Feeding Management for Dry Cows

Dr. Timothy R. Johnson
Purdue NE Dairy Specialist

On many dairy farms nutrition of the dry cow receives less attention than it deserves. As Dr. Eastridge will address, nutritional management of the high producing fresh cow is the most critical time of nutrient demands. Lactational performance can also dramatically influenced by the diet  and nutritional management during the later stages of the previous lactation and dry period. Incidence of several metabolic diseases can also be influenced by or reduced by careful dry cow nutritional management.

Regaining of body tissue energy and protein stores during late lactation should occur and can be a challenge to control on a herd basis (Fronk et al., 1980). All herds have cows going dry at a range of body condition scores but field experience has shown that metabolic problems during the next lactation tend to be lowest in those herds which are able to minimize the variation in body condition of cows going dry. The common recommendation is to dry cows off at the desired body condition and maintain this condition score during the dry period. Some people advising producers have recommended further modification of body condition during the dry period. Often this occurs when a group of cows has gained excessive condition in late lactation due to a reproductive or nutritional problem. A study performed at the University of Guelph, Ontario, with Holstein cows, demonstrated the positive effects of a transition ration and hinted at negative effects on lactational performance when cows are forced to loose weight during the dry period (Table 1.) This data and our personal experiences should lead us to question the advisability of recommending drastic weight loss of dry cows during the dry period.

In the last several years a lot of attention has been directed towards the positive response many producers have experienced from instituting a dry cow transition ration containing 7 to 12 lbs grain/day and slightly higher protein concentrations. Increases in production of 1000 to 2000 lbs in the subsequent lactation have been reported ( Univ. of  Illinois, Dairy Report, 1992). The positive responses observed by using transition rations have commonly been attributed to an adaptation of the rumen microbial environment to a high grain lactation ration. Another possibility exists. Recent research at the University of Wisconsin (Skarr and Grummer, 1989) and at Michigan State University has demonstrated that liver accumulation of fat (fatty livers) can occur before calving. This can be easily understood if we consider the pregnant ewe as a model animal. Negative energy balance often occurs prior to lambing as rapid growth of the fetus (es) spur the irreversible loss of blood glucose prior to the time of full glucose demands for milk production. I propose that feeding a transition diet may give positive results in some cases by delaying the onset of hypoglycemia, fat mobilization and the metabolic problems that can result.

It has been proposed that addition of 12 grams niacin/day, known for its anti-lipolytic action, during the last two weeks of the dry cow diet may prevent excessive fat mobilization and fatty liver problems. The research of Skarr and Grummer, which involved intensive blood sampling and serial liver biopsy, has not shown a reduction in fatty infiltration of the liver by niacin treatment and did not support earlier work which suggested a dramatic improvement in prevention of ketosis by niacin supplementation (Illinois data).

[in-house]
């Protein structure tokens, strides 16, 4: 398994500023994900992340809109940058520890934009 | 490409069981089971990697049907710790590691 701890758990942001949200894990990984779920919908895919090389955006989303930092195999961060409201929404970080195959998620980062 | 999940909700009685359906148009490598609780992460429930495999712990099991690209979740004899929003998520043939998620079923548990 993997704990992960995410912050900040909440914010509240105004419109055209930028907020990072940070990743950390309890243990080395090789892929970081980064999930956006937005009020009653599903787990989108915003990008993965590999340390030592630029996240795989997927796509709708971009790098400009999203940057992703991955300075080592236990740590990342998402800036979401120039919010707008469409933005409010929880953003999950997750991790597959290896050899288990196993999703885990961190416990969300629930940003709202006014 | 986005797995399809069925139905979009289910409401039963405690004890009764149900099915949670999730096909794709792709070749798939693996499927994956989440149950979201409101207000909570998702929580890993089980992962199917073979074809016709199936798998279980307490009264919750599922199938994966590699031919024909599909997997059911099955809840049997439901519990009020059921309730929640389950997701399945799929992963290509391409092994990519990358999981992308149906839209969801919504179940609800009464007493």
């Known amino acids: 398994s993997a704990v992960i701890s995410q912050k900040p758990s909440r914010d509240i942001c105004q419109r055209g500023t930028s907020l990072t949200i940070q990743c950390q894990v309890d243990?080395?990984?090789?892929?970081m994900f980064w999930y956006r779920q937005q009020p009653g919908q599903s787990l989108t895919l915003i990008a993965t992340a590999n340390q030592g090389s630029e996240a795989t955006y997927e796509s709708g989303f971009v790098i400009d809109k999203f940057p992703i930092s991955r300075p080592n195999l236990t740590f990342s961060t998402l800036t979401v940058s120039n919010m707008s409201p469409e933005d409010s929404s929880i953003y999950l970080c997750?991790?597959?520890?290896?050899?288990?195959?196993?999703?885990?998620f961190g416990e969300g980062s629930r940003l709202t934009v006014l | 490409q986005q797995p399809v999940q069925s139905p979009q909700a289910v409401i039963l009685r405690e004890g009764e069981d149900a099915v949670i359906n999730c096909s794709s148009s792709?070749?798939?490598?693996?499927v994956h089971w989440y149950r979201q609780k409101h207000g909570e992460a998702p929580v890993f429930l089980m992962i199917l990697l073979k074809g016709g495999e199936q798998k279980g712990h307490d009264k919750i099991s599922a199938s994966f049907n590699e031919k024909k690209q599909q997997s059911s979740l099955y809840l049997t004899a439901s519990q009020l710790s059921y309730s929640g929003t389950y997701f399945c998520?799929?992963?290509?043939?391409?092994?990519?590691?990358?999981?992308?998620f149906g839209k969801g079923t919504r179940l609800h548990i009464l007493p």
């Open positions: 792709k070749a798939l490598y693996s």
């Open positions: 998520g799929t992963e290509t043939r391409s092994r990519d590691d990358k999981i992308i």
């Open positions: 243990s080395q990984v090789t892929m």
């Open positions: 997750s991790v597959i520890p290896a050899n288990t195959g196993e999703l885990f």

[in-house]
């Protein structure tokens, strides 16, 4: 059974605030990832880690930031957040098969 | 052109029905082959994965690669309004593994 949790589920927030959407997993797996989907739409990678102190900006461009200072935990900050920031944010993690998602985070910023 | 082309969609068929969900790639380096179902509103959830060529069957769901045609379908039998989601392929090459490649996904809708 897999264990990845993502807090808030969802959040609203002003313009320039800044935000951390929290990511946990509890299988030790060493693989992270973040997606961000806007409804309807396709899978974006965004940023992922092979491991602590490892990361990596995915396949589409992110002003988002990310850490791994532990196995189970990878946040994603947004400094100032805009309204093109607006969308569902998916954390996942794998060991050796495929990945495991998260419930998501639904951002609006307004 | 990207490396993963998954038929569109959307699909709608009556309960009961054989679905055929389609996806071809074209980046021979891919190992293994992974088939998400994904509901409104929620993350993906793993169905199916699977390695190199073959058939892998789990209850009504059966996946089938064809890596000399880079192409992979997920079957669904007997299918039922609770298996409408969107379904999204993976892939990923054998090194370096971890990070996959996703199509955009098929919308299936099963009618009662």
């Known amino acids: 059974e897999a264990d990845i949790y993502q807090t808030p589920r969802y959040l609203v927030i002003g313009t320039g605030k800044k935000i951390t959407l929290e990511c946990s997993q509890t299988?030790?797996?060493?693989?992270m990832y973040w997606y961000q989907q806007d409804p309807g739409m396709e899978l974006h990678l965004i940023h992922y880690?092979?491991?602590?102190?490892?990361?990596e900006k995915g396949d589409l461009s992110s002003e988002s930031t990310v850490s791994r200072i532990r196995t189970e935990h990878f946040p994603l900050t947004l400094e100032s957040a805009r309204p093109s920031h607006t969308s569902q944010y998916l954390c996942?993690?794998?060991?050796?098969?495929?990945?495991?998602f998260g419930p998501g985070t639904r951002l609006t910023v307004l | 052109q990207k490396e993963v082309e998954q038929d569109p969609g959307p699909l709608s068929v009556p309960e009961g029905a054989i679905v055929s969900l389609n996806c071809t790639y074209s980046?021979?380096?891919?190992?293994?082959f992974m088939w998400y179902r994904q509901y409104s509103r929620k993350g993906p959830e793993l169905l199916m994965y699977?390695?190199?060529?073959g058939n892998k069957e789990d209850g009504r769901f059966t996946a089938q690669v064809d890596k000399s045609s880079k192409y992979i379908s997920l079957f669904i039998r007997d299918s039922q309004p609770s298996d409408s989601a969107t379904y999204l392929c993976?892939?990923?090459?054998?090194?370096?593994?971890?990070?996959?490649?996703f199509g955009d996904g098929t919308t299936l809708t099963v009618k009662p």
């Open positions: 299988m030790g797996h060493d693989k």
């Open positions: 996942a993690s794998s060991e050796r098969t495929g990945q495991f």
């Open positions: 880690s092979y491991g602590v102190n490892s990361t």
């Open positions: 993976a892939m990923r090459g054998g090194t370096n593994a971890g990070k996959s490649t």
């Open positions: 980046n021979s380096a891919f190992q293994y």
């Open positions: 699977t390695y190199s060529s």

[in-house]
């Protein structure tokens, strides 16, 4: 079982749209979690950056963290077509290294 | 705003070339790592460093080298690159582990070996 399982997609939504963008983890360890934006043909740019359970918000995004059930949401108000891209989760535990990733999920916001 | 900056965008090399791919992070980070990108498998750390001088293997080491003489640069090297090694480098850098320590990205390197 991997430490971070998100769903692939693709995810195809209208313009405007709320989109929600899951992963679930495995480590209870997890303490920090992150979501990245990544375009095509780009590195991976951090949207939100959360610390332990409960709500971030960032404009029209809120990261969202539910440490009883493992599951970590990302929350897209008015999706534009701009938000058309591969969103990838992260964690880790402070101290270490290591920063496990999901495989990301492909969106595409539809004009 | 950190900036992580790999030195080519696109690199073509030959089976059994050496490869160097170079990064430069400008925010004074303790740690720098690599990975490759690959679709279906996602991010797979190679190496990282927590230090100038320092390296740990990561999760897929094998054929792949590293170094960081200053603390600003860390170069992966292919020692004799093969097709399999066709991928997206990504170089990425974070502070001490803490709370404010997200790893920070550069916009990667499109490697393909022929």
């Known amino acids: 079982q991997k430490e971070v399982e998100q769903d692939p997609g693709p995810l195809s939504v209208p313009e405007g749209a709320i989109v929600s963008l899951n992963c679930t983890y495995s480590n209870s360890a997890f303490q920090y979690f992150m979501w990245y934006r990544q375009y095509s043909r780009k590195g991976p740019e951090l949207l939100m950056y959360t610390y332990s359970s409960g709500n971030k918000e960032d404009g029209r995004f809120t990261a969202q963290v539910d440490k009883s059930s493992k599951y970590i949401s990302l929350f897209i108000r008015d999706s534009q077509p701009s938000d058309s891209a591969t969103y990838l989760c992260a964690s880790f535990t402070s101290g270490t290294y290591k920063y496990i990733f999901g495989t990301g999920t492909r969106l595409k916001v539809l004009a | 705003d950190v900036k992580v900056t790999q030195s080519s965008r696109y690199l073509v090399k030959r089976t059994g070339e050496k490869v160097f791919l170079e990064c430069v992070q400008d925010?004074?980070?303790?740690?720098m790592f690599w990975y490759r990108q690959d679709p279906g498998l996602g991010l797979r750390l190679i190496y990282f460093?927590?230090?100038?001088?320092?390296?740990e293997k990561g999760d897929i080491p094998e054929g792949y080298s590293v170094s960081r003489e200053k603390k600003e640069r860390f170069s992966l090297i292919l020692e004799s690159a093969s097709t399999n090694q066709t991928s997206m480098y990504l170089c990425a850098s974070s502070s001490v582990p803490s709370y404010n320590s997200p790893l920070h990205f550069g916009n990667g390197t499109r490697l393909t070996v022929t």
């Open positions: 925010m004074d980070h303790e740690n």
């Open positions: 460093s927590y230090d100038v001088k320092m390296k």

Another area of research, which has provided more consistent and exciting results in dry cows, is the reduction of milk fever incidence achieved by addition of mineral salts changing the cation/anion balance of the dry cow ration. Some of the earliest work with prevention of milk fever by hormone treatment and more recently by modification of the dry cow ration cation/anion balance was performed by Ron Horst and Jessy Goff's group at USDA's National Animal Disease Center in Ames, Iowa. Some of these studies were done with Jersey cows fed a diet high in a calcium:phosphorus ratio (4:1) which should promote milk fever problems. Basically what we need to remember is that anions are acidogenic and promote release of calcium stored in the bone, or intestinal calcium absorption, while cations are alkalogenic and may reduce release of calcium from the bone or intentional absorption (Gaynor et al., 1989). Cation/anion balance of a ration can be calculated as meq (Na+K-Cl) per 100 gr ration DM. Ammonium chloride and ammonium sulfate are two anionic salts which are often used to adjust the anion/cation balance. It should be noted that in many of these studies more than 120 gr calcium/d was supplied. While in a research mode this is good designed to put control cows at a high risk of developing milk fever, simple reduction of the calcium content to 100 gr or less/d has been shown to elevate many post calving milk fever problems with out modification of the diets anion:cation ratio (Romo et al.).

Table 1. Effect of dry cow diet on milk production during the first 12 weeks of lactation.
Dry cow diet,
% of enery requirements
DMI, lbs. Milk, lbs. Fat, % Protein, %
64% 38.5 71.9 3.3 3.1
90% 39.6 72.8 3.5 3.1
150% 39.4 79.1 3.2 3.1
Boisclair et al. 1986 (8 cow/treatment)

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